products that are low protein or which contain modified protein which are medically necessary, and such coverage for such modified solid food products for any calendar year or for any continuous period of twelve months for any insured individual shall not exceed two thousand five hundred dollars. COVERAGE FOR INFANT AND BABY FORMULAS FOR ANY CALENDAR YEAR OR ANY CONTINUOUS PERIOD OF TWELVE MONTHS FOR ANY INSURED INDIVID- UAL SHALL BE NO LESS THAN THREE THOUSAND DOLLARS. S 2. Paragraph 11 of subsection (k) of section 3221 of the insurance law, as added by chapter 177 of the laws of 1997, is amended to read as follows: (11) Every policy which provides coverage for prescription drugs shall include coverage for the cost of enteral, INFANT AND BABY formulas for home use for which a physician or other licensed health care provider legally authorized to prescribe under title eight of the education law has issued a written order. Such written order shall state that the enteral, INFANT OR BABY formula is clearly medically necessary and has been proven effective as a disease-specific treatment regimen for those individuals who are or will become malnourished or suffer from disor- ders, which if left untreated, cause chronic physical disability, mental retardation or death. Specific diseases for which enteral, INFANT AND BABY formulas have been proven effective shall include, but are not limited to, inherited diseases of amino-acid or organic acid metabolism; Crohn's Disease; gastroesophageal reflux with failure to thrive; disor- ders of gastrointestinal motility such as chronic intestinal pseudo-ob- struction; and multiple, severe food allergies which if left untreated will cause malnourishment, chronic physical disability, mental retarda- tion or death. Enteral, INFANT AND BABY formulas which are medically necessary and taken under written order from a physician for the treat- ment of specific diseases shall be distinguished from nutritional supplements taken electively. Coverage for certain inherited diseases of amino acid and organic acid metabolism shall include modified solid food products that are low protein or which contain modified protein which are medically necessary, and such coverage for such modified solid food products for any calendar year or for any continuous period of twelve months for any insured individual shall not exceed two thousand five hundred dollars. COVERAGE FOR INFANT AND BABY FORMULAS FOR ANY CALENDAR YEAR OR ANY CONTINUOUS PERIOD OF TWELVE MONTHS FOR ANY INSURED INDIVID- UAL SHALL BE NO LESS THAN THREE THOUSAND DOLLARS. S 3. Subsection (y) of section 4303 of the insurance law, as added by chapter 177 of the laws of 1997, is amended to read as follows: (y) Every contract which provides coverage for prescription drugs shall include coverage for the cost of enteral, INFANT AND BABY formulas for home use for which a physician or other licensed health care provid- er legally authorized to prescribe under title eight of the education law has issued a written order. Such written order shall state that the enteral, INFANT OR BABY formula is clearly medically necessary and has been proven effective as a disease-specific treatment regimen for those individuals who are or will become malnourished or suffer from disor- ders, which if left untreated, cause chronic disability, mental retarda- tion or death. Specific diseases for which enteral, INFANT AND BABY formulas have been proven effective shall include, but are not limited to, inherited diseases of amino-acid or organic acid metabolism; Crohn's Disease; gastroesophageal reflux with failure to thrive; disorders of gastrointestinal motility such as chronic intestinal pseudo-obstruction; and multiple, severe food allergies which if left untreated will cause malnourishment, chronic physical disability, mental retardation or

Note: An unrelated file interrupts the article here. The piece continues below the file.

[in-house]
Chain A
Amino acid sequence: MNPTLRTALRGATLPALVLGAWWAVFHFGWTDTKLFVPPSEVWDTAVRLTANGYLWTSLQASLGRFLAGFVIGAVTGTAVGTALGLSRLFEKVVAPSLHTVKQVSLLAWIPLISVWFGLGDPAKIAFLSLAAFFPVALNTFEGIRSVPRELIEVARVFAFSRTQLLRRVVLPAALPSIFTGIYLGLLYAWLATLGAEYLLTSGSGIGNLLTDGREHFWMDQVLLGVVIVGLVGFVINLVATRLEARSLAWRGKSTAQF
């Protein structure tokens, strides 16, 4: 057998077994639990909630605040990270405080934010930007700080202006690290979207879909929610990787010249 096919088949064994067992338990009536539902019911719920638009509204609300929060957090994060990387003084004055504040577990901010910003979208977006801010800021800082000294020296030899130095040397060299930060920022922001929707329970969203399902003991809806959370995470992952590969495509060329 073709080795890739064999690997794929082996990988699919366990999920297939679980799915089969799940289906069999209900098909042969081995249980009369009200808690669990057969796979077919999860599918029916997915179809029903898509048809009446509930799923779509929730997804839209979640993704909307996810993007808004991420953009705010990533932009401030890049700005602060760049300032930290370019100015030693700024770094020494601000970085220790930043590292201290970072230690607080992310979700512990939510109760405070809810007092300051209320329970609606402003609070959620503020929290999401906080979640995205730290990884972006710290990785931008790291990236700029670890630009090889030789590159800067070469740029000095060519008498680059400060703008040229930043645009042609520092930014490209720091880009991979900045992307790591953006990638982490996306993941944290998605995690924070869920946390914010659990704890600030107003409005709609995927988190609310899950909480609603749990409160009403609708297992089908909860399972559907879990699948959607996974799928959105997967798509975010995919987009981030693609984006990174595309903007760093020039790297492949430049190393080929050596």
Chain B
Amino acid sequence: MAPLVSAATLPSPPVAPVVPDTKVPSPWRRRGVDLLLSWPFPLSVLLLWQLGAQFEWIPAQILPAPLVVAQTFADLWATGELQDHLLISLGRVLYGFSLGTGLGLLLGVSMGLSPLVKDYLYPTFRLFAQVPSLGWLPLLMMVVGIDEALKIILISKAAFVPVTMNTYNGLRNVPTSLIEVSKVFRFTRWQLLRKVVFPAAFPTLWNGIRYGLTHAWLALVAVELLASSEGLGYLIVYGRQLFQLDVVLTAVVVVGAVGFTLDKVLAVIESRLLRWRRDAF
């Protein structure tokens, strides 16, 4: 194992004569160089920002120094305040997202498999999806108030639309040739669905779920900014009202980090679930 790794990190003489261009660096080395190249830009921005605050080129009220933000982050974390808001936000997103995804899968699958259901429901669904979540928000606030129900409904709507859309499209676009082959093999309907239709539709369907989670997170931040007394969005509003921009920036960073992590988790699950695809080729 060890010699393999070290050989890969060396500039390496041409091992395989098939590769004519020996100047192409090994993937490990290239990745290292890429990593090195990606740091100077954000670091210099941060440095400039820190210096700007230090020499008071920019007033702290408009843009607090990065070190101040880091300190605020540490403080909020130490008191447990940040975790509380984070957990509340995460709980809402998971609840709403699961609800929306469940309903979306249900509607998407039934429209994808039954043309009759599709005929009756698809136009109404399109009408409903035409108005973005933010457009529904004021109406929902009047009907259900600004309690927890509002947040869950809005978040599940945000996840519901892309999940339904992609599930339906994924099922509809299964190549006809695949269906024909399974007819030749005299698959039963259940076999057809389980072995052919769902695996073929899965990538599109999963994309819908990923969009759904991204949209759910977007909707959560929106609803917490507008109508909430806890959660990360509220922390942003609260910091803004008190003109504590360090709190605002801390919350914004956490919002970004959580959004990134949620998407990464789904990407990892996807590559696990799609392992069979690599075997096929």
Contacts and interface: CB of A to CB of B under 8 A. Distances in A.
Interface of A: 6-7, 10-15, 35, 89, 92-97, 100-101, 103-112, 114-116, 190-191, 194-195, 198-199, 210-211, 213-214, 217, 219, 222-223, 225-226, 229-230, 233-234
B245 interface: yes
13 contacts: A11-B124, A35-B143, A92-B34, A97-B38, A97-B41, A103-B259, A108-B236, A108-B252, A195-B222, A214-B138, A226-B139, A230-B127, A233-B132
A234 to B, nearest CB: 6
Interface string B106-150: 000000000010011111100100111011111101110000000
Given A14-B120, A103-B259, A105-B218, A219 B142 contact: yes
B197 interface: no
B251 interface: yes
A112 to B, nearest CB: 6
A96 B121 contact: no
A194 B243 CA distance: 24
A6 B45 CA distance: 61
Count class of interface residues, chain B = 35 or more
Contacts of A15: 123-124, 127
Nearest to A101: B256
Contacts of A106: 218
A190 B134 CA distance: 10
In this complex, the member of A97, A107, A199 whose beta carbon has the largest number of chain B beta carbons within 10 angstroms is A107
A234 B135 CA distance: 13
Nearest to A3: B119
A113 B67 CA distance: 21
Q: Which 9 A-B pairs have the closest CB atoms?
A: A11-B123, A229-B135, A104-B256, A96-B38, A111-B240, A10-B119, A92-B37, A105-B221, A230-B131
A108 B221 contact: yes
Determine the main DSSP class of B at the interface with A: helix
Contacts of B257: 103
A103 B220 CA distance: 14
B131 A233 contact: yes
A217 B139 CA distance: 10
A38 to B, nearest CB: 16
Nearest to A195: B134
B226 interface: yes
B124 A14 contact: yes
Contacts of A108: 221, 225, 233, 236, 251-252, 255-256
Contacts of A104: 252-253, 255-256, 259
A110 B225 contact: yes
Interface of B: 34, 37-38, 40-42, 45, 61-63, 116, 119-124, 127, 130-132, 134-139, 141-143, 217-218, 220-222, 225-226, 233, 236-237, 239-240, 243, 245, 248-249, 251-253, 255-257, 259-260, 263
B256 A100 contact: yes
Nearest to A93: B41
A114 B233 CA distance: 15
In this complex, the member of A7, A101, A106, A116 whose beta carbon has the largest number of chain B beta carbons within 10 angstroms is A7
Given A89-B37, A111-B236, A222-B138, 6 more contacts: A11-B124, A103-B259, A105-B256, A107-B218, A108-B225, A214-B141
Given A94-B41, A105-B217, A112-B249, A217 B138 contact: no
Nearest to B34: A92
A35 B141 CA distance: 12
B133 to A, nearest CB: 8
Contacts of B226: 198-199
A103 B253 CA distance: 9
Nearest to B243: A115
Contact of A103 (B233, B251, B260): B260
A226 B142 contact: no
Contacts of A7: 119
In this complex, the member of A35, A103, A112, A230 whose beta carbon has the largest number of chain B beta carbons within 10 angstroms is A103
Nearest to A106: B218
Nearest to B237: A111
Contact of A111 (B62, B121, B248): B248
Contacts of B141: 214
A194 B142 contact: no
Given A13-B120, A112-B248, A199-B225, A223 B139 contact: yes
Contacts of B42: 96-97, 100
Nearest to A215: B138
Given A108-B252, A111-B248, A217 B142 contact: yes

death. Enteral, INFANT AND BABY formulas which are medically necessary and taken under written order from a physician for the treatment of specific diseases shall be distinguished from nutritional supplements taken electively. Coverage for certain inherited diseases of amino acid and organic acid metabolism shall include modified solid food products that are low protein, or which contain modified protein which are medically necessary, and such coverage for such modified solid food products for any calendar year or for any continuous period of twelve months for any insured individual shall not exceed two thousand five hundred dollars. COVERAGE FOR INFANT AND BABY FORMULAS FOR ANY CALENDAR YEAR OR ANY CONTINUOUS PERIOD OF TWELVE MONTHS FOR ANY INSURED INDIVID- UAL SHALL BE NO LESS THAN THREE THOUSAND DOLLARS. S 4. The opening paragraph of paragraph 25 of subsection (b) of section 4322 of the insurance law, as amended by chapter 554 of the laws of 2002, is amended to read as follows: Prescription drugs, OBTAINED AT A PARTICIPATING PHARMACY UNDER A PRESCRIPTION WRITTEN BY AN IN-PLAN OR OUT-OF-PLAN PROVIDER, including contraceptive drugs or devices approved by the federal food and drug administration or generic equivalents approved as substitutes by such food and drug administration [and], nutritional supplements (formulas) for the therapeutic treatment of phenylketonuria, branched-chain ketonu- ria, galactosemia and homocystinuria[, obtained at a participating phar- macy under a prescription written by an in-plan or out-of-plan provider] AND INFANT AND BABY FORMULAS FOR HOME USE FOR WHICH A PHYSICIAN OR OTHER LICENSED HEALTH CARE PROVIDER LEGALLY AUTHORIZED TO PRESCRIBE UNDER TITLE EIGHT OF THE EDUCATION LAW HAS ISSUED A WRITTEN ORDER. SUCH WRIT- TEN ORDER SHALL STATE THAT THE INFANT OR BABY FORMULA IS CLEARLY MEDICALLY NECESSARY AND HAS BEEN PROVEN EFFECTIVE AS A DISEASE-SPECIFIC TREATMENT REGIMEN FOR THOSE INDIVIDUALS WHO ARE OR WILL BECOME MALNOUR- ISHED OR SUFFER FROM DISORDERS, WHICH IF LEFT UNTREATED, CAUSE CHRONIC PHYSICAL DISABILITY, MENTAL RETARDATION OR DEATH. SPECIFIC DISEASES FOR WHICH INFANT AND BABY FORMULAS HAVE BEEN PROVEN EFFECTIVE SHALL INCLUDE, BUT ARE NOT LIMITED TO, INHERITED DISEASES OF AMINO ACID OR ORGANIC ACID METABOLISM; CROHN'S DISEASE; GASTROESOPHAGEAL REFLUX WITH FAILURE TO THRIVE; DISORDERS OF GASTROINTESTINAL MOTILITY SUCH AS CHRONIC INTESTI- NAL PSEUDO-OBSTRUCTION; AND MULTIPLE, SEVERE FOOD ALLERGIES WHICH IF LEFT UNTREATED WILL CAUSE MALNOURISHMENT, CHRONIC PHYSICAL DISABILITY, MENTAL RETARDATION OR DEATH. INFANT AND BABY FORMULAS WHICH ARE MEDICALLY NECESSARY AND TAKEN UNDER WRITTEN ORDER FROM A PHYSICIAN FOR THE TREATMENT OF SPECIFIC DISEASES SHALL BE DISTINGUISHED FROM NUTRI- TIONAL SUPPLEMENTS TAKEN ELECTIVELY. COVERAGE FOR INFANT AND BABY FORMU- LAS FOR ANY CALENDAR YEAR OR ANY CONTINUOUS PERIOD OF TWELVE MONTHS FOR ANY INSURED INDIVIDUAL SHALL BE NO LESS THAN THREE THOUSAND DOLLARS. Health maintenance organizations, in addition to providing coverage for prescription drugs at a participating pharmacy, may utilize a mail order prescription drug program. Health maintenance organizations may provide prescription drugs pursuant to a drug formulary; however, health mainte- nance organizations must implement an appeals process so that the use of non-formulary prescription drugs may be requested by a physician or other provider. S 5. This act shall take effect on the first of January next succeed- ing the date on which it shall have become a law and shall apply to all policies and contracts issued, renewed, modified, altered, or amended on or after such date.